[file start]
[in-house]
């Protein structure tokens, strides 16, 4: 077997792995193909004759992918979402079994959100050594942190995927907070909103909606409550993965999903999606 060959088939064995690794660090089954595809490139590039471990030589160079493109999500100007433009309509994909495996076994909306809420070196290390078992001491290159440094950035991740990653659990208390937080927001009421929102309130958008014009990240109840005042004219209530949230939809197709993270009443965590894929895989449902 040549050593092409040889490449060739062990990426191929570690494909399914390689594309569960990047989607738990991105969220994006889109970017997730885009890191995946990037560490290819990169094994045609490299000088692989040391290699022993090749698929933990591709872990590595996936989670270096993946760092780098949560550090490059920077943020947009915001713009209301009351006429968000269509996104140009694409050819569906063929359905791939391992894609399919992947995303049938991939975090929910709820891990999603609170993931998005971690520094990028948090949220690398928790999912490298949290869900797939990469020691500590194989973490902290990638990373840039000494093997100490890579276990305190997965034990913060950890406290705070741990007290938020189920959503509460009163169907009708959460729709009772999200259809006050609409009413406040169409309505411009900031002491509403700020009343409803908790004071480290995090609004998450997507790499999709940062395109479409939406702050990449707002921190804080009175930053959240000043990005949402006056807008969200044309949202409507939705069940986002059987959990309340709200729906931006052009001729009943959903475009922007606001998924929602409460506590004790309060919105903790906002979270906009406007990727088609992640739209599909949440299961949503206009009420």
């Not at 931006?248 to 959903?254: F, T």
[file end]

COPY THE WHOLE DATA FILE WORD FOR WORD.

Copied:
[in-house]
């Protein structure tokens, strides 16, 4: 077997792995193909004759992918979402079994959100050594942190995927907070909103909606409550993965999903999606 060959088939064995690794660090089954595809490139590039471990030589160079493109999500100007433009309509994909495996076994909306809420070196290390078992001491290159440094950035991740990653659990208390937080927001009421929102309130958008014009990240109840005042004219209530949230939809197709993270009443965590894929895989449902 040549050593092409040889490449060739062990990426191929570690494909399914390689594309569960990047989607738990991105969220994006889109970017997730885009890191995946990037560490290819990169094994045609490299000088692989040391290699022993090749698929933990591709872990590595996936989670270096993946760092780098949560550090490059920077943020947009915001713009209301009351006429968000269509996104140009694409050819569906063929359905791939391992894609399919992947995303049938991939975090929910709820891990999603609170993931998005971690520094990028948090949220690398928790999912490298949290869900797939990469020691500590194989973490902290990638990373840039000494093997100490890579276990305190997965034990913060950890406290705070741990007290938020189920959503509460009163169907009708959460729709009772999200259809006050609409009413406040169409309505411009900031002491509403700020009343409803908790004071480290995090609004998450997507790499999709940062395109479409939406702050990449707002921190804080009175930053959240000043990005949402006056807008969200044309949202409507939705069940986002059987959990309340709200729906931006052009001729009943959903475009922007606001998924929602409460506590004790309060919105903790906002979270906009406007990727088609992640739209599909949440299961949503206009009420």
């Not at 931006?248 to 959903?254: F, T």